Biodiversity and Conservation

, Volume 28, Issue 1, pp 183–195 | Cite as

Tiny fragments of acidophilous steppic grasslands serve as yet unknown habitats of endangered aeolian sand specialists among Aculeata (Hymenoptera)

  • Petr HenebergEmail author
  • Petr Bogusch
  • Milan Řezáč
Original Paper


Aeolian sand specialists are traditionally recognized among the most threatened species of central European landscapes due to habitat loss. In the present study, we examined the diversity of bees and wasps, and the cover and composition of vegetation in 17 neglected small fragments of Artemisio campestrisCorynephoretum canescentis acidophilous grasslands, which developed on weathered granodiorite rocks in the Czech Republic. The size of the examined fragments ranged from 128 to 14,000 m2, with a total area of only 5.7 ha. At the examined sites, we identified species-rich assemblages of endangered aculeate hymenopterans that were previously thought to be specialized on aeolian sands. We found that despite the small area and relative isolation of the examined sites, they hosted 26 Red-Listed species of bees and wasps and a species new to Bohemia (Megachile pilicrus), respectively. The examined habitats also supported the presence of 18 Red-Listed receding field weeds and steppic grassland specialists. The analyzed bee and wasp assemblages were characterized by their low dominance (1-Simpson index = 0.091) and high alpha diversity (Fisher’s alpha = 48.9). Although the examined fragments of acidophilous steppic grasslands differed in size by two orders of magnitude, the total abundance and species richness of the bees and wasps were not correlated with the size of the fragments. This suggests the long-term stability despite the minute size of some of the residual fragments. Land protection and active management are proposed to conserve these habitats for future generations.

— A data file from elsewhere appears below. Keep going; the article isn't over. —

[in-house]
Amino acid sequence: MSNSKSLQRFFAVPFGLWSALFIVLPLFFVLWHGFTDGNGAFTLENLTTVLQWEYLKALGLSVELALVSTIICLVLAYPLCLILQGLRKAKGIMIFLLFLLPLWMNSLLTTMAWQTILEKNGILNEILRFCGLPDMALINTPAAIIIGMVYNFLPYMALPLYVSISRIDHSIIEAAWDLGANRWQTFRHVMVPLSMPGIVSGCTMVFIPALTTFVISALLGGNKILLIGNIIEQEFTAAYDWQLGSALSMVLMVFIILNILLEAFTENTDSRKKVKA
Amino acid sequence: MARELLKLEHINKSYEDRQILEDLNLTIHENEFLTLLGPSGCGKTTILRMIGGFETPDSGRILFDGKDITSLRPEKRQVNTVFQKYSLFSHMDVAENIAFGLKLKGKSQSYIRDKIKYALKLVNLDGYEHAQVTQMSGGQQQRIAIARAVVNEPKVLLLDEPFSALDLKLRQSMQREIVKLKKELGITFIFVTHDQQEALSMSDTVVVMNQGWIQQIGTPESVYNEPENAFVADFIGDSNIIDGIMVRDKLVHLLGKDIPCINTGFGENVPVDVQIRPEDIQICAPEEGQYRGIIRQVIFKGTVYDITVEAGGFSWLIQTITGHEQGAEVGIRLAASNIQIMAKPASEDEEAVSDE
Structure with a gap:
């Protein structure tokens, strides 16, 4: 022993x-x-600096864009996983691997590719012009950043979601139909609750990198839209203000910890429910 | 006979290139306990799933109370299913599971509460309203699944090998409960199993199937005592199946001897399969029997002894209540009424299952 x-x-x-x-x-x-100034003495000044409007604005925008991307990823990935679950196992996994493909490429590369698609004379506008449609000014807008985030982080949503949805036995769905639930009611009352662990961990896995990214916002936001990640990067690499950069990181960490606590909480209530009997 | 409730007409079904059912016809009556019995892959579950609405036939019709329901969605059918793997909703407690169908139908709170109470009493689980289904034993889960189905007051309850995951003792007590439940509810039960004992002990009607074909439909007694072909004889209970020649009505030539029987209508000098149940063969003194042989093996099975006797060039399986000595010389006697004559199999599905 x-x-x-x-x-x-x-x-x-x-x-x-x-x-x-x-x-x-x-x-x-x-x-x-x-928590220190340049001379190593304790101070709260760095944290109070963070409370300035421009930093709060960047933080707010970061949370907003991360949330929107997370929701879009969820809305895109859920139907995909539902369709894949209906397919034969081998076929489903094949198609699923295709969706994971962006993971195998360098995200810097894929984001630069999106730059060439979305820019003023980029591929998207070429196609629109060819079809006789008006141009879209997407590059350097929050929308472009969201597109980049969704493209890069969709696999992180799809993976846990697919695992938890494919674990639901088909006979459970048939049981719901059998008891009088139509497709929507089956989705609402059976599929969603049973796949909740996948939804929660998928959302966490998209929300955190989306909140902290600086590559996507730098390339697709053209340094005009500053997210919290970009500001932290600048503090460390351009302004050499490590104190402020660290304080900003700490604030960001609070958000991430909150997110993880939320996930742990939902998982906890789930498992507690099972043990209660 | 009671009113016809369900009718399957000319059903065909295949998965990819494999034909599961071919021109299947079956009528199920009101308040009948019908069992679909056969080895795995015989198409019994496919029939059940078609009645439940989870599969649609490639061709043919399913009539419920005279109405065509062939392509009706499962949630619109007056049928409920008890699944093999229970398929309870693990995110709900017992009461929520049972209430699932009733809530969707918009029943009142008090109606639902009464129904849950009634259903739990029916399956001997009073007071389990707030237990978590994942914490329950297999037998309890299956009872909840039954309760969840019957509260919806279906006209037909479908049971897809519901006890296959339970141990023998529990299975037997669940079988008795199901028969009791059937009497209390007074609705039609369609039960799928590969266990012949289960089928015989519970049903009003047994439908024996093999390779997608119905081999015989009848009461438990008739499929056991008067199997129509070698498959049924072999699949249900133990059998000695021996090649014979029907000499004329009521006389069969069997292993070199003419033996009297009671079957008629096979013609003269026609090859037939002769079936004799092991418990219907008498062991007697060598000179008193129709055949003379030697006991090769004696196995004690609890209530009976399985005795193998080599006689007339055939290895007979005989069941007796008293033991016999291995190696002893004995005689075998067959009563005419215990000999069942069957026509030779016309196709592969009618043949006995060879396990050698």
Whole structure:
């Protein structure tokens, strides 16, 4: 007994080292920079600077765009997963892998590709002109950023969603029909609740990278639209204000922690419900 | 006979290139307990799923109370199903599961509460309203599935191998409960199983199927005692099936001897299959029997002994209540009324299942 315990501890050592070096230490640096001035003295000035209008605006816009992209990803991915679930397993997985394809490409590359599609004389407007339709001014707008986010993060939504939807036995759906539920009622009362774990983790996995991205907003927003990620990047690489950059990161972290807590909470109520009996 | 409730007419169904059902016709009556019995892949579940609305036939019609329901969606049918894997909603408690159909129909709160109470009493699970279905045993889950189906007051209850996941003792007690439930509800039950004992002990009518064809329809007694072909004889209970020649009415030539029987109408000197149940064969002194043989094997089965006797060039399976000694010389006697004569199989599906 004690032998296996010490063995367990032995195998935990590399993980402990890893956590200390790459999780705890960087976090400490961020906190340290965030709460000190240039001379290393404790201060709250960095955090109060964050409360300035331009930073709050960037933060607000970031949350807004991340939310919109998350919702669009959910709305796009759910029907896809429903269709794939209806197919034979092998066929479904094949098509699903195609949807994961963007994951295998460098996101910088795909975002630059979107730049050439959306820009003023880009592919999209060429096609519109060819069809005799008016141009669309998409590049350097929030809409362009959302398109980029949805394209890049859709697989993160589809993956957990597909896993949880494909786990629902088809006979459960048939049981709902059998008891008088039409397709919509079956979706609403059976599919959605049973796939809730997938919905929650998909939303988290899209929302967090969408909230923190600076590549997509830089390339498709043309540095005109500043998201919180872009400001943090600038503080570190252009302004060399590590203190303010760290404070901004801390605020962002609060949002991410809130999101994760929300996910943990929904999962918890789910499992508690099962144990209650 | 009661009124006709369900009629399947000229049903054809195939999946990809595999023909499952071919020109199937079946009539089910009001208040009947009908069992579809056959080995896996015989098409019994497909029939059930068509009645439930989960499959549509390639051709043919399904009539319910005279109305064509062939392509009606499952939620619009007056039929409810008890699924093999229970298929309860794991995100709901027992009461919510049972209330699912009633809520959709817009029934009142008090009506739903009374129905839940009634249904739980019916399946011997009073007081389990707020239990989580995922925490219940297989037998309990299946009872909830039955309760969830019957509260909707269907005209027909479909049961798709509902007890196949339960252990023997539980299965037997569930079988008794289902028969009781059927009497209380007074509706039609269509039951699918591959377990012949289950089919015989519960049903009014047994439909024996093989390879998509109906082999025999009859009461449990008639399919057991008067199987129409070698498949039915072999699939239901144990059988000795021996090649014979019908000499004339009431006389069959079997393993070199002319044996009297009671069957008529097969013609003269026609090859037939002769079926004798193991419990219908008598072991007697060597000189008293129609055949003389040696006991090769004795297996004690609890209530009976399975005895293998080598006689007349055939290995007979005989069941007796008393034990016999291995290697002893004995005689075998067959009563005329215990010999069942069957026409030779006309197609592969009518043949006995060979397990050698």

Drift sands Dry acidic grasslands Fragment size Hay meadows Narrow-leaved steppic grasslands Weathered rock outcrops 



We thank Pavla Trachtová (Nature Conservation Agency of the Czech Republic) for the data on the area of fragments of narrow-leaved dry grasslands and short-grass steppic grasslands in the Czech Republic, and Jiří Malíček and Martin Kysela (both Bělozářka, z.s.) for helping us with the study design and funding administration. We thank Jakub Straka for the revision of Nomada castellana. We also thank the landlords for allowing us to access the study sites. This study was supported by the project 121750 from the ČSOP program Ochrana biodiverzity 2017, by the Project 17-10976S from the Czech Science Foundation, and by the Specific Research Projects 2105/2017 and 2114/2018 from University of Hradec Králové.

Supplementary material

10531_2018_1646_MOESM1_ESM.xlsx (57 kb)
Supplementary material 1 (XLSX 57 kb)


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© Springer Nature B.V. 2018

Authors and Affiliations

  1. 1.Third Faculty of MedicineCharles UniversityPragueCzech Republic
  2. 2.Faculty of ScienceUniversity of Hradec KrálovéHradec KrálovéCzech Republic
  3. 3.Crop Research InstitutePragueCzech Republic

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